Uber ends arbitration requirement for sex misconduct claims

While applauding Uber for making a "good decision", Lyft also made a veiled reference to the legal pressures that may have contributed to the change. Uber argued that the women will have to bring other claims in the suit, including unfair business practices, to an arbitrator.

The company also will not force survivors of sexual harassment or assault to sign nondisclosure agreements that prohibit them from talking about their experience, and the company promises to publicly release data about sexual assaults that are connected to Uber rides.

Uber has faced questions about how often its drivers assault or harass passengers.

From now on, however, individual victims-but still not a class-will be able to choose between open court and arbitration. And Uber will publish a "safety transparency report" within a year that includes data on sexual assaults and other incidents. This move comes two weeks after CNN published a report that found at least 103 Uber drivers in the US have been accused of sexually assaulting or abusing their passengers in the last four years.

And last month, Fowler wrote an op-ed in The New York Times arguing that to fight sexual harassment, the US needs to bring an end to forced arbitration of sexual harassment cases - across the board.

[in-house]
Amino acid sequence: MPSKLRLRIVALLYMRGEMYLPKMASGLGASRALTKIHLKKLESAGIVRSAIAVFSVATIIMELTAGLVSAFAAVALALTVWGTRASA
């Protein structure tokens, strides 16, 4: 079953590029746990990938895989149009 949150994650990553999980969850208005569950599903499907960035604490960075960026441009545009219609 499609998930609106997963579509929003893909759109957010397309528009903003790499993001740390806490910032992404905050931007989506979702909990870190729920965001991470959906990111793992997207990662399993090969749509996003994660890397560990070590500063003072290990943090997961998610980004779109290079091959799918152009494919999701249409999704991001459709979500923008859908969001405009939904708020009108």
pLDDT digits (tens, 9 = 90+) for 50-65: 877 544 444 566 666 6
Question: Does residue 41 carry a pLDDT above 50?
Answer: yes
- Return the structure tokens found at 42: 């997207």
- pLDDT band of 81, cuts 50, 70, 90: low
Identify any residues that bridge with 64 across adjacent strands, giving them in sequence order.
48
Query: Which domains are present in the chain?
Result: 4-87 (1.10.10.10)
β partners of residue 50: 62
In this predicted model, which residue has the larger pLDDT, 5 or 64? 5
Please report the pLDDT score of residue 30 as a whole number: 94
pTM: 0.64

A spokeswoman for Raliance stated that giving victims of sexual assault more options sends an important message that Uber is taking the issue more seriously. And in the midst of the #MeToo movement, advocates have singled out these stipulations as tools used to stifle women's stories of sexual harassment and assault.

Uber announced that the company will no longer require that sexual assault victims to go to mandatory arbitration.

In a statement to ABC News, West admitted that while the updated effort "won't apply to class-action suits", it "impacts the vast majority of assault claims we see on our platform". Uber faced a reckoning of its own past year after former software engineer Susan Fowler wrote a poignant blog post documenting harassment she faced there. She said this is the "beginning of a longer process needed to meaningfully improve safety".

But no more, says Uber. We agree with the changes and have removed the confidentiality requirement for sexual assault victims, as well as ended mandatory arbitration for those individuals so that they can choose which venue is best for them.

Following the reporter's examination and the letter, Senator Richard Blumenthal, a Democrat from CT, challenged Uber's use of forced arbitration and in a letter to CEO Dara Khosrowshahi "respectfully asked for" the business end the practice.

Jeanne M. Christensen, the partner at Wigdor handling the case, said in a statement, "Congratulations to Uber for choosing not to silence survivors".

  • David Armstrong